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BHP, NYK, GoodFuels and BLOC collaborate to push biofuel bunkering in Port of Rotterdam

On January 30, the dry bulk carrier Frontier Sky owned by Japan-headed shipping major Nippon Yusen Kabushiki Kaisha (NYK) conducted a trial use of marine biofuel in Europe after the biofuel was bunkered at the Port of Rotterdam, Netherlands. The trial was performed in collaboration with global mining company BHP, sustainable biofuel company GoodFuels and Blockchain Labs for Open Collaboration (BLOC) a leading developer of blockchain applications for the maritime industry.

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On January 30, 2019, NYK’s Frontier Sky conducted a trial use of marine biofuel in Europe after the biofuel was bunkered at the Port of Rotterdam, Netherlands. The trial was performed in collaboration with BHP, GoodFuels and Blockchain Labs for Open Collaboration (BLOC) a developer of blockchain applications for the maritime industry (photo courtesy BLOC).

The advanced biofuel, supplied by Netherlands-based GoodFuels via logistics partner Varo Energy, is a ‘drop-in’ marine gas-oil (MGO) equivalent and was blended with conventional fossil-based MGO in a mix of 30 percent biofuel to 70 percent conventional MGO.

We want to make it as easy as possible for vessels to use biofuels to reduce their footprint. By documenting emissions savings and chains of custody, and combining this with smart incentives to use cleaner fuels, we can build a trusted, financially viable pathway towards zero-carbon shipping, said Isabel Welten, Head of Marine, GoodFuels.

BHP has worked with GoodFuels to explore the use of sustainable, advanced, second-generation biofuels for shipping. A vital part of this is the inclusion of solutions to verify chains of custody, and that only sustainably produced biofuels are used in the process and that the origin, emission reductions, and fuel quality metrics are traceable and transparent.

We recognise we have a stewardship role, working with our customers, suppliers and others along the value chain to influence emissions reductions across the full life cycle of our products. We fully support moves to decarbonise the freight industry, including implementing IMO2020, said Abdes Karimi, Head of Strategy and Planning at BHP.

BLOC chain-of-custody

The solution was provided by BLOC’s initiative Maritime Blockchain Labs and developed together in a consortium led by BLOC and funded by Lloyd’s Register Foundation.

We’re building on an earlier trial undertaken in September and are moving towards validating an important decarbonisation pathway with blockchain technology. We are further testing the prototype in a real world setting to capture the biofuel delivery from BHP and to create a complete digital audit trail, with extended functionality for biofuels and emissions tracking. This is an important demonstration of how blockchain technology could play a role in creating a global, trusted MRV system, and build the trust necessary for broader adoption of cleaner fuels both in terms of meeting 2020 sulphur cap requirements and the IMO’s 2050 decarbonisation goal, said Deanna MacDonald, CEO, BLOC.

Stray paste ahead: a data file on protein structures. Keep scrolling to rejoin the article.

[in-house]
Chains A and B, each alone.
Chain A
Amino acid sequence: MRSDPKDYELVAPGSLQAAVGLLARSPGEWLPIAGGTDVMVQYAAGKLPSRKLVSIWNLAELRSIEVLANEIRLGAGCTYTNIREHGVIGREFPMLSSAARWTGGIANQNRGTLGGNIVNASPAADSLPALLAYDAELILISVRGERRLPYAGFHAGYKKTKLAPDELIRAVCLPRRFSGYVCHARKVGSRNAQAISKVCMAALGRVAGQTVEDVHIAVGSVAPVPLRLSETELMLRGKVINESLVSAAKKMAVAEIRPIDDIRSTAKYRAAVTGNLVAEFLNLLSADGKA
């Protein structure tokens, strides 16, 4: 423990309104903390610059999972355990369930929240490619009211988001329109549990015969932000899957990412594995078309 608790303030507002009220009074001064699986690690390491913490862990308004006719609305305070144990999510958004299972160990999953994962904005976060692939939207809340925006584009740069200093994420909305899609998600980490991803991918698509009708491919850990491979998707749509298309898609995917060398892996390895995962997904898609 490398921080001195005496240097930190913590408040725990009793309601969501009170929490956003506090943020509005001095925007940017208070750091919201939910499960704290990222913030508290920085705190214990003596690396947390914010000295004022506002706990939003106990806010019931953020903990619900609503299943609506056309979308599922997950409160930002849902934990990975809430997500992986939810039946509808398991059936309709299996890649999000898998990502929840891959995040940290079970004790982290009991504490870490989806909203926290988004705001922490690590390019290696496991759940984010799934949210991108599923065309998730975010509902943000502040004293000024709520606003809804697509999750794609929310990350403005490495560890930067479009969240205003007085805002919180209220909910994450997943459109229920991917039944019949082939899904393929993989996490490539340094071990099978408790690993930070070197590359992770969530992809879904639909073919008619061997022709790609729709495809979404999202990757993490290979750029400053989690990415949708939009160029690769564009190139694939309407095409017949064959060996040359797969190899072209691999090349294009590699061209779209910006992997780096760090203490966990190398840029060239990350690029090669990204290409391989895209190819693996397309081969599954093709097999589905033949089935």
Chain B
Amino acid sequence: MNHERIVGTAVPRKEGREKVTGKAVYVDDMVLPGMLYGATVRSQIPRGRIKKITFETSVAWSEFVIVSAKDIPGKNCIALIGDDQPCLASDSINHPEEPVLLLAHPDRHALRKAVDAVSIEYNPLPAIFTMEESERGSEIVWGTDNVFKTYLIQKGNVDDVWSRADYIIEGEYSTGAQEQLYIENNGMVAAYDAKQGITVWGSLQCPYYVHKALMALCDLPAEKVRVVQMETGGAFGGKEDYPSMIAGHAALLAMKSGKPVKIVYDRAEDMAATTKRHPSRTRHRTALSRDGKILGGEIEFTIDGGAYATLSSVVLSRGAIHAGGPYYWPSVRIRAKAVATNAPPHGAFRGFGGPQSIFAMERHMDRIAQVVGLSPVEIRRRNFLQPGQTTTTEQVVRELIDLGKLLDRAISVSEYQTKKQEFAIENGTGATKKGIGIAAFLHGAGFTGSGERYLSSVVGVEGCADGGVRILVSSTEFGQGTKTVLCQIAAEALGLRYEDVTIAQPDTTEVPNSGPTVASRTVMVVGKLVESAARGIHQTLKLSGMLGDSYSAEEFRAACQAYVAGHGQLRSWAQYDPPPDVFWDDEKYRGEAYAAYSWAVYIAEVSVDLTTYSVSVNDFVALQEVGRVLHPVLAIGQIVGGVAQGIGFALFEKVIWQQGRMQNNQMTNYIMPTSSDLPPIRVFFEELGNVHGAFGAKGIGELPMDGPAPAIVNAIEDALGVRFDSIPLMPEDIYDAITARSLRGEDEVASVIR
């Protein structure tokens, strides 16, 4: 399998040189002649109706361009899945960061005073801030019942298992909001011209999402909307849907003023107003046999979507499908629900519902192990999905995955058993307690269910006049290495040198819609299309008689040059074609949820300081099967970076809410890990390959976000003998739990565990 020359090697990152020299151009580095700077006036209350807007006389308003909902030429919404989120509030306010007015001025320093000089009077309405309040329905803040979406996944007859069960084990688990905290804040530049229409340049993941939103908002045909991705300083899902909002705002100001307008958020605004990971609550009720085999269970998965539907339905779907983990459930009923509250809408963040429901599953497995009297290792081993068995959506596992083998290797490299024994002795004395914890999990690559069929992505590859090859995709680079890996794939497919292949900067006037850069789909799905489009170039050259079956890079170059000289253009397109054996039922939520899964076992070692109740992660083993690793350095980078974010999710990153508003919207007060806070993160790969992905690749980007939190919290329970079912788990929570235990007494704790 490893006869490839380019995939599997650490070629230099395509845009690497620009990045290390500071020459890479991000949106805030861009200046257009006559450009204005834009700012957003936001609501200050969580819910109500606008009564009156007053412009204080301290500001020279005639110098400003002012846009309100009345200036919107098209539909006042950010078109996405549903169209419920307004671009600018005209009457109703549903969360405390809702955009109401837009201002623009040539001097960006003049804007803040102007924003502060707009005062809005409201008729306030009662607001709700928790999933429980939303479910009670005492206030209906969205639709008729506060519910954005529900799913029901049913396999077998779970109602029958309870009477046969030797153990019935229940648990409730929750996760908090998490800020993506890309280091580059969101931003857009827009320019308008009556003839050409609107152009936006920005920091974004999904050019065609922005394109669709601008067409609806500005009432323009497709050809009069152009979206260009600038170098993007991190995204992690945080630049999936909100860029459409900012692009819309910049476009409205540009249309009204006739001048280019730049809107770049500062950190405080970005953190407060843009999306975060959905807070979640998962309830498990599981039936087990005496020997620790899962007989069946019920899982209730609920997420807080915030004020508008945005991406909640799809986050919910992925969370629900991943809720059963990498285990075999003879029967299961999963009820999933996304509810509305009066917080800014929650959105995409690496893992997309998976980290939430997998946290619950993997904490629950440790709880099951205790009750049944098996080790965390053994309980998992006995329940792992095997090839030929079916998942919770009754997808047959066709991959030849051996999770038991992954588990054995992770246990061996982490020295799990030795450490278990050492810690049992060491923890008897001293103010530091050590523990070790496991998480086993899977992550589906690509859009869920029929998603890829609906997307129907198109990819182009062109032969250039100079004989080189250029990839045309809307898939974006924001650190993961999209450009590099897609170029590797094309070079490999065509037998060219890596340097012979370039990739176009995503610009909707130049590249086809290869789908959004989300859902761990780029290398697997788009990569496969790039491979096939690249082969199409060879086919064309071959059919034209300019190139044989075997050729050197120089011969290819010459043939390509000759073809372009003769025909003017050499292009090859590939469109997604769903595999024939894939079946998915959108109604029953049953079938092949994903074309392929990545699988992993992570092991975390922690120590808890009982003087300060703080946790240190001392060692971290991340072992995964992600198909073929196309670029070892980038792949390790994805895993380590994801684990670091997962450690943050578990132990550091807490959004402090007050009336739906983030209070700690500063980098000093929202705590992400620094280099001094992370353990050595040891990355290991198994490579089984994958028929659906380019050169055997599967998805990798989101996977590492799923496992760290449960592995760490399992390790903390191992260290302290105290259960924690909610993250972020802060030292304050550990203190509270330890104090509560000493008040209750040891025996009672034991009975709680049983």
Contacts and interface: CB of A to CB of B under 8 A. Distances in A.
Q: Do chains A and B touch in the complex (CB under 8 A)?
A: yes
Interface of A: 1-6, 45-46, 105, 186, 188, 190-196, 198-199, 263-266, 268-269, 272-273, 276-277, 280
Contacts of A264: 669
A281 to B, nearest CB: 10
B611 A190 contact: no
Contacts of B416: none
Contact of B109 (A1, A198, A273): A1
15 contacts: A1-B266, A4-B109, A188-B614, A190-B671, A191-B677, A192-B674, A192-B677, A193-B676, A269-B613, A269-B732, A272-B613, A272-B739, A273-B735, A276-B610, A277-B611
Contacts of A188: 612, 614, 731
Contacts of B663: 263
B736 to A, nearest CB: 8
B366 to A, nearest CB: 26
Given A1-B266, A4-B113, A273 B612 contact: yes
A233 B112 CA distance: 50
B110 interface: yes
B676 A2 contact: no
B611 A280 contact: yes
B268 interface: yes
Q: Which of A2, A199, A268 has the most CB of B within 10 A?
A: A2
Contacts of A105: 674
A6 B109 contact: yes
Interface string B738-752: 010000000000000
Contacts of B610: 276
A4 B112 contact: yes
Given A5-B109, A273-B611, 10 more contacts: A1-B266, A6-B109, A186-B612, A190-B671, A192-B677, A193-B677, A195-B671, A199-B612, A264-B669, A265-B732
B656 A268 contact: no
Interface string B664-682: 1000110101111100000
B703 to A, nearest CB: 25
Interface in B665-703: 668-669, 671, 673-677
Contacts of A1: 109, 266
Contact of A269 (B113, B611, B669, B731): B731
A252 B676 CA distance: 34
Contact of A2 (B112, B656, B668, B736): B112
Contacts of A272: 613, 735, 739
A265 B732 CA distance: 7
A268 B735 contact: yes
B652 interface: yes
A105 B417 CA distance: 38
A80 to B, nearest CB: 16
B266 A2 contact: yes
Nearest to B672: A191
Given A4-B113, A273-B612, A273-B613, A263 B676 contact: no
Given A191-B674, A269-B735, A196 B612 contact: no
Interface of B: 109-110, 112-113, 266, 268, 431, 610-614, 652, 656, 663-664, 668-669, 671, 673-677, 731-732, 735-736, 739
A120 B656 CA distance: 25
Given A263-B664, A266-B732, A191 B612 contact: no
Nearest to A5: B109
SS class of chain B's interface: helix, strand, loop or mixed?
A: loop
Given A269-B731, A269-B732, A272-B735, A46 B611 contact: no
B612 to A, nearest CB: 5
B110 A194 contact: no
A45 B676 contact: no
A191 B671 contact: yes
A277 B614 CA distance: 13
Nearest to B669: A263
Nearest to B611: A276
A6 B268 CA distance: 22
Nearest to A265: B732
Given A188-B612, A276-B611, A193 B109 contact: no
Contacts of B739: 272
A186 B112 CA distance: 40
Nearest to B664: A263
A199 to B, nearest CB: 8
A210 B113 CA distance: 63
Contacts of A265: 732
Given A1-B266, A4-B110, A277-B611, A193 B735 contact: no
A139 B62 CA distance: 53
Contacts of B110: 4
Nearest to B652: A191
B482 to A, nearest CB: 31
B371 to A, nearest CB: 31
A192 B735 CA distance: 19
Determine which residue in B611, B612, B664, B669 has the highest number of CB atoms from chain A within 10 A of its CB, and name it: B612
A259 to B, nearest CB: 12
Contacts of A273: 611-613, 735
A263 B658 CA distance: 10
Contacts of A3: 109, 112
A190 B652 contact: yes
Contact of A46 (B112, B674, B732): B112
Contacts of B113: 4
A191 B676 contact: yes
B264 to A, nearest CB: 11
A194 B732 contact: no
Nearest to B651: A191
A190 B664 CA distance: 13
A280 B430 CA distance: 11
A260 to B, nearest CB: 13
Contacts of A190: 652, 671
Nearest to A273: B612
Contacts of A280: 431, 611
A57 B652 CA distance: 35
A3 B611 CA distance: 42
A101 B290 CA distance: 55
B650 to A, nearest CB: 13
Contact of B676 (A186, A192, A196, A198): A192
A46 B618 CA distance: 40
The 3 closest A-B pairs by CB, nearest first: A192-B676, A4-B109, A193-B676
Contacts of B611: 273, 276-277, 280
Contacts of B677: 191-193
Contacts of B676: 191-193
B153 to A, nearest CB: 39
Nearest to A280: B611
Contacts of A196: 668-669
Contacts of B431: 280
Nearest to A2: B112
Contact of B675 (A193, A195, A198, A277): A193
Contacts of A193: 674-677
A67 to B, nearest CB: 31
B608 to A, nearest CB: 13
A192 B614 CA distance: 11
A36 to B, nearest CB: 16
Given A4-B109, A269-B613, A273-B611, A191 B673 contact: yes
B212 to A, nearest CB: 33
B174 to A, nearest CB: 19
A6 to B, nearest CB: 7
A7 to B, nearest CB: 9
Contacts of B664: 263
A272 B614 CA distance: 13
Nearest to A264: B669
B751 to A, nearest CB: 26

The consortium aims to create an inclusive support system that enhances marine fuel traceability and provides a clear chain of custody for better quality assurance in the bunker fuel supply chain.

Biofuels offer an innovative approach to more sustainable bunker fuel. It’s important for us to ensure the biofuel we use is sustainably produced and traceable. This consortium has invented new ways of working that improve productivity and reliability in the bunker fuel supply chain and enable trustful tracking of both the provenance and carbon savings. It demonstrates an effective model for the whole industry to build on in the future, said Karimi.

50 percent reduction by 2050

NYK’s medium-term management plan includes the group’s intent to integrate environmental, social, and governance (ESG) initiatives into management strategy by establishing new medium- to long-term environmental targets.

NYK’s greenhouse gas (GHG) emission reduction targets are 30 percent per tonne-kilometer by 2030 compared with a 2015 base year, and 50 percent per tonne-kilometer by 2050 compared with the same base year. These targets have been recognized as science-based by the international Science-Based Targets (SBT) initiative.

For shipping to reduce its carbon emissions, we need to ensure that we are exploring how all available technologies can play a part. Using sustainable marine fuel like biofuel unlocks significant emissions savings that, alongside increased efficiency, a reduction in downtime, and increased optimization through hardware innovation and digitalization, move us towards our science-based GHG reduction targets, said Hiroshi Kawaguchi, General Manager of the Dry Bulk Marine Quality Control Group at NYK.

To achieve these goals, NYK continues to team up with partners and promote the use of environment-friendly marine fuels such as biofuel and LNG fuel.

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